Developer Notes

8. Resource Explorer classes and data model

The Resource Explorer is an example of what Eclipse's workbench calls a view (rather than an editor), and is expressed as an Eclipse ViewPart. Furthermore, the ResourceExplorer has to appear in the plugin's plugin.xml file so that Eclipse as a whole knows about the editor and knows how to invoke and present it.

Resource Explorer in plugin.xml

Here is the fragment of the plugin.xml file that refers to the Resource Explorer:

            name="Resource Explorer"/>

Information about all views are filed in the extension element with its point attribute set to org.eclipse.ui.views. Views can be opened from the Window/Show View menu, and defining a category element, associating the Resource Explorer view with that category effectively manages the place where the command to open this view will appear in the list of views managed by Eclipse within Window/Show View.

Within the view element there are several other important attributes:

  • class: defines the Java class that should be instantiated and invoked to create the view.
  • id: provides an id string that allows this view to be referred to from elsewhere.
  • icon: provides an icon that Eclipse can display whenever it needs one to identify this view.
  • name: provides a name Eclipse can use whenever it needs to show the user a name for this view.

The ResourceExplorerView class is the main class that Eclipse will use to create Pliny's Resource Explorer view. For Eclipse to use this as a view the class must implement org.eclipse.ui.IViewPart, which it does by extending class org.eclipse.ui.part.ViewPart.

When Eclipse sets upf the Resource Explorer by instantiating ResourceExplorerView it calls method createPartControl() to ask the view to create its GUI.

ResourceExplorer View's createPartControl() method

The ResourceExplorer contains within it in fact two displays which are controlled by the tabs at its bottom: "By Type" and "By Date". The two displays are similar in general layout (they both, for example, use a tree paradigm, but the ordering of the things they display is different. For this reason, what happens is that SWT's tabbing mechanism is used to support the tabs themselves, and the display of each Tab is managed by Pliny's classes and respectively. Among other things these classes do is to create controls to display on the screen. So, after one of each of these classes are instantiated, each of them have their createTabItem() method (this is an inherited method) invoked to populate the display area.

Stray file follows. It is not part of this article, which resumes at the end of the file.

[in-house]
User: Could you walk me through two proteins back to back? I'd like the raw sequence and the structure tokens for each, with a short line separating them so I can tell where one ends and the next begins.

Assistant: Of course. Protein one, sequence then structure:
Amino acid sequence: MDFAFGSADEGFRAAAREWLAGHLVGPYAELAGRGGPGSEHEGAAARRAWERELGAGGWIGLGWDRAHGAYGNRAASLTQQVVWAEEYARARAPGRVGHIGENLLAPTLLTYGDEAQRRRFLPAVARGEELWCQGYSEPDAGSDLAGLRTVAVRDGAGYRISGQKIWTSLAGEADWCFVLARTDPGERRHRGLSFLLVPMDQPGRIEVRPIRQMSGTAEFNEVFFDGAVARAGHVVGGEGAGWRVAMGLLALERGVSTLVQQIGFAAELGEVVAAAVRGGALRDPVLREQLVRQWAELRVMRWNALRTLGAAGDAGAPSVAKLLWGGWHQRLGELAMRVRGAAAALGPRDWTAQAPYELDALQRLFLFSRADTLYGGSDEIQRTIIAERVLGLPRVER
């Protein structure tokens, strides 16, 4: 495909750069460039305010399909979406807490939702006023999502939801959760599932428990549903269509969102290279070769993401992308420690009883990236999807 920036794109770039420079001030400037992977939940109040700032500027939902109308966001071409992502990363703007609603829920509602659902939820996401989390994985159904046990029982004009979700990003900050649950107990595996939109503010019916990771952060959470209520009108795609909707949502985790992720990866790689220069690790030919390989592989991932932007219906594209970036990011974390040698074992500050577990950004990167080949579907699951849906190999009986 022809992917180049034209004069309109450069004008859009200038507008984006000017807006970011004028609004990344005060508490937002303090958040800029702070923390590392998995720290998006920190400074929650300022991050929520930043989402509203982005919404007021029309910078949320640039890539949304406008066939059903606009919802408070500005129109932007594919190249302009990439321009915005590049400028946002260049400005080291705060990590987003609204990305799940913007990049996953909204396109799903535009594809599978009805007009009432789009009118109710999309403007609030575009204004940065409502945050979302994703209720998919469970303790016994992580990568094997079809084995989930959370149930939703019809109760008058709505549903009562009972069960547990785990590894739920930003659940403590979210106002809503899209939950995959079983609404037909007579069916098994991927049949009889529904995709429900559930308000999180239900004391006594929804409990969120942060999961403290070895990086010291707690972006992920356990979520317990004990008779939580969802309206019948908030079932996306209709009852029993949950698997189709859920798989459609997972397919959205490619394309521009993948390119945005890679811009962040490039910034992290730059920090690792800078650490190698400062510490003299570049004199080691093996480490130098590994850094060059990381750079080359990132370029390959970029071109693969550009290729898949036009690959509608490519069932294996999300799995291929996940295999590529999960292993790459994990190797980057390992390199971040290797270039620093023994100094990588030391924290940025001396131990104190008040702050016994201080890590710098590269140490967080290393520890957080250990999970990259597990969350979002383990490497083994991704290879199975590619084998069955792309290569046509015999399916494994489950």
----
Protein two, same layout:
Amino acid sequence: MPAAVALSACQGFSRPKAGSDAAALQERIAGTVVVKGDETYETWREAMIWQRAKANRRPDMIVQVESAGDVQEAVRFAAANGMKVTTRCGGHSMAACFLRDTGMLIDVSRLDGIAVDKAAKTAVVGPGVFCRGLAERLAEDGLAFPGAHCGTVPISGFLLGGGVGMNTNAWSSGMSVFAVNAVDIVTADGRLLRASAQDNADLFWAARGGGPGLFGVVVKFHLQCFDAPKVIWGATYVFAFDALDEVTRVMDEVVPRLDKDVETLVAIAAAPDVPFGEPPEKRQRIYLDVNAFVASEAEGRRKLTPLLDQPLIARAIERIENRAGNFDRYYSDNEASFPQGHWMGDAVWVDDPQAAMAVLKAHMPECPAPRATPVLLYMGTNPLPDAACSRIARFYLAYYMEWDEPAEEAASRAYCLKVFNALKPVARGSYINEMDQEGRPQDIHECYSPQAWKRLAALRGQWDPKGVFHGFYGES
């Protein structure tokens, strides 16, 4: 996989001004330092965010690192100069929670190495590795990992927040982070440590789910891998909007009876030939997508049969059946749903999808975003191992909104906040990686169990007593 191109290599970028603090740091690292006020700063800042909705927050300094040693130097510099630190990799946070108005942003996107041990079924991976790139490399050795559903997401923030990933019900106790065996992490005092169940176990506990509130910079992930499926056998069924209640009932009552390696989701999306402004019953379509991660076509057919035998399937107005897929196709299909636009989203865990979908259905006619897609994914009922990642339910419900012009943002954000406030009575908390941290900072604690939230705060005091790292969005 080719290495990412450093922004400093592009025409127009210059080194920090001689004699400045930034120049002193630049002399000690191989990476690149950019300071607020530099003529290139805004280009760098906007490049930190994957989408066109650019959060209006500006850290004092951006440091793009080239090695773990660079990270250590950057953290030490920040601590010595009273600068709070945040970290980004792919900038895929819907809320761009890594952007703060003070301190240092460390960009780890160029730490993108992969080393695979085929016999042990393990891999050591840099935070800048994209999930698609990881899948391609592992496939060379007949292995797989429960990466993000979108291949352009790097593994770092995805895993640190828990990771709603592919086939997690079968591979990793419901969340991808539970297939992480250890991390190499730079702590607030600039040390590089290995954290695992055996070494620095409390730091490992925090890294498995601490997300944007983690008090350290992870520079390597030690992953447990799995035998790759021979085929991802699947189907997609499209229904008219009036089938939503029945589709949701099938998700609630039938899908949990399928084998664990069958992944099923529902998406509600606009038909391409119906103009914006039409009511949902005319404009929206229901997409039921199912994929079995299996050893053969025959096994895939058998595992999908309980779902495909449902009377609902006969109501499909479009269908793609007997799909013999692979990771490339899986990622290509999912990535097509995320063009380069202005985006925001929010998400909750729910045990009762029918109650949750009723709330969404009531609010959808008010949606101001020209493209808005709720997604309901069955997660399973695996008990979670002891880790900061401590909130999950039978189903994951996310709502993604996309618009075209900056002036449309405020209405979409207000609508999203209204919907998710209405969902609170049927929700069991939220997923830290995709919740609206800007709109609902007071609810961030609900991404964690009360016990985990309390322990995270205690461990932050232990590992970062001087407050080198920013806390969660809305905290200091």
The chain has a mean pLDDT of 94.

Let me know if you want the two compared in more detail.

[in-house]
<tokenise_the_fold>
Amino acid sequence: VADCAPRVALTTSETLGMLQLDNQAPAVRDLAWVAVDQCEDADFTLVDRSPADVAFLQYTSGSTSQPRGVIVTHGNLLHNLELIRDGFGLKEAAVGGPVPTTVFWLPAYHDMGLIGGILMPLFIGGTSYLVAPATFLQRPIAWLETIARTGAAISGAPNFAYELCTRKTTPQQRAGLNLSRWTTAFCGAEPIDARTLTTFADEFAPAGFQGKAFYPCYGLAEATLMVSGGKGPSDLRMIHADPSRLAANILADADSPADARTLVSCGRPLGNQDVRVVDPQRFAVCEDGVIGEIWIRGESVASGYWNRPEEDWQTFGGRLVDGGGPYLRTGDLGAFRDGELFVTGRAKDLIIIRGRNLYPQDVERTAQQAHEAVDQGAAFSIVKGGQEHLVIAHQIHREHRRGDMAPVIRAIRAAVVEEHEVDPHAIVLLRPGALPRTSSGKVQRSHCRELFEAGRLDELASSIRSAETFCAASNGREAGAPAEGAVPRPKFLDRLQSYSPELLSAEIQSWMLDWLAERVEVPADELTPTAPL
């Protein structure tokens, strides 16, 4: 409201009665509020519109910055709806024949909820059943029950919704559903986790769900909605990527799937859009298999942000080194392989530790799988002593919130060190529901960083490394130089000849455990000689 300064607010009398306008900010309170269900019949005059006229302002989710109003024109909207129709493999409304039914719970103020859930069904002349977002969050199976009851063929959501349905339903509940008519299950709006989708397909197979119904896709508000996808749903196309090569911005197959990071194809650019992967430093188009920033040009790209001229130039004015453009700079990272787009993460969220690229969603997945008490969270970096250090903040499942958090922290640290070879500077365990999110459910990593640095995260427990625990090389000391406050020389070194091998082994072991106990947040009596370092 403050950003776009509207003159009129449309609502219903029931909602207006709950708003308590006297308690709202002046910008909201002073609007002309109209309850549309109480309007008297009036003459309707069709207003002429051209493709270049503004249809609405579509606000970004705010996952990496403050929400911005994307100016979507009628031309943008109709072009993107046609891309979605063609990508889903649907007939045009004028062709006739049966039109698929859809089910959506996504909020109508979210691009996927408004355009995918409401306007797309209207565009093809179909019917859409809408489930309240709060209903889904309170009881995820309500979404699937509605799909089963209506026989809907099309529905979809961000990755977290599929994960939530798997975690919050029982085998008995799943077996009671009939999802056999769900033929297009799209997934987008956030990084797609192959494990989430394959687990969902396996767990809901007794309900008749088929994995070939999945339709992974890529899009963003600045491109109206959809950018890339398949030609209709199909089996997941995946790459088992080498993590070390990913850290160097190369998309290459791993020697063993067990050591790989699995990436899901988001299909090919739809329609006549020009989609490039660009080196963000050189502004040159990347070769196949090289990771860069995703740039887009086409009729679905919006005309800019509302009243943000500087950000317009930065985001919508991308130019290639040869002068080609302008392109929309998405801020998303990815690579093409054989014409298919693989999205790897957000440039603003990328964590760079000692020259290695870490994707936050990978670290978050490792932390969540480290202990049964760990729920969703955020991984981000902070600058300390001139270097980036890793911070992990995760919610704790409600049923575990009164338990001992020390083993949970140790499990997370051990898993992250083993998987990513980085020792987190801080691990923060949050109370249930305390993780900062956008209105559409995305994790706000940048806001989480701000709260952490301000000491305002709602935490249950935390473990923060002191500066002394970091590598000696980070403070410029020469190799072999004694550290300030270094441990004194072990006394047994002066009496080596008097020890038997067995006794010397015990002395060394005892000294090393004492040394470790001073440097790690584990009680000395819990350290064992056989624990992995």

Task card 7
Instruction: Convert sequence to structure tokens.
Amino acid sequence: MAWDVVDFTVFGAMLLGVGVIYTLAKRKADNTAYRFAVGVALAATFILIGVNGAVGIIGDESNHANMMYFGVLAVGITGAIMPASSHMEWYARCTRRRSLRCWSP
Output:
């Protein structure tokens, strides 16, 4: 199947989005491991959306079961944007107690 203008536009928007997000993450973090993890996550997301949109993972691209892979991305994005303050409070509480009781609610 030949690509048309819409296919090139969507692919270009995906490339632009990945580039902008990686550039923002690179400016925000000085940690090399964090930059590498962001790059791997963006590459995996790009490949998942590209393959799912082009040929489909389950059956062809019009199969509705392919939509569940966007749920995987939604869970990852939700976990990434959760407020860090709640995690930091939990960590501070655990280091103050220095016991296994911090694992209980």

Much of the user interface interaction is then delegated to either RETypeTab or REDateTab which both inherit from See the section Resource Explorer Tab Classes below for more information.

Resource Explorer Actions and Commands

Like other Eclipse Views, the Resource Explorer makes use of Eclipse's Action framework to implement actions. Many of the actions need to be undoable, and although GEF is not used in the display Resource Explorer data, we make use of GEF's Command and CommandStack classes to support undo. Thus, most actions, when run, really invoke a org.eclipse.gef.commands.Command to change the data model, and expect listeners from Resource Explorer objects to track these changes so that they are then reflected in the Explorer's display.

Action-related methods within the Explorer View class are:

Resource Explorer's two Tab classes

As mentioned above, there is a tree display behind each of the two tabs in the Explorer, and their display (and some of the interaction) come from classes and which inherit from, where, in fact most of the coding lives -- given that both these classes result in very similar displays.

REBaseTab's createTabItem() method

When createTabItem() is invoked the ResourceExplorerView's createPartControl() method has set up a tab folder into which the two SWT TabItems need to be put. Thus, this method creates the new TabItem and links it to the tabFolder.

  • In both cases, the TabItem displays a tree, so creatTabItem next uses JFace's org.eclipse.jface.viewers.TreeViewer in the conventional way to manage the display of Resource information as a tree. A JFace TreeViewer makes use of the MVC model for interaction, and requires several pieces of information:
  • Information about Actions associated with this view are defined in private methods makeActions(), contributeToActionBars(), hookKeyboardActions() and hookContextMenu(). See the section Resource Explorer Actions and Commands below for some details.
  • Names of items in the tree can be direct edited. Classes and provide support for this.
  • Finally, drag and drop operations are signficant in the Resource Explorer. private methods setupDnDTargetProcessors() and hookDragAndDrop() set this up. See the discussion about the Resource Explorer's processing of drops as data imports in the section on Importing data below.

Other mechanisms handled by REBaseTab.

Other user facilities handled within REBaseTab include:

  • Text Cell Editing: set up in method setTextCellEditor() and using JFace's CellEditor facilities.
  • DoubleClick to open a resource: set up in method hookDoubleClickAction()
  • Assist in processing of item selection: Methods getSelectedBaseObjects(), getSelectedObjectsToOpen() and getSelectedResourceExplorerItems() provide access to selected items for other code
  • Support the Delete key function: the Delete key keypress is caught and turned into a Delete action in method hookKeyboardActions() which in turn does the real work in handleKeyReleased().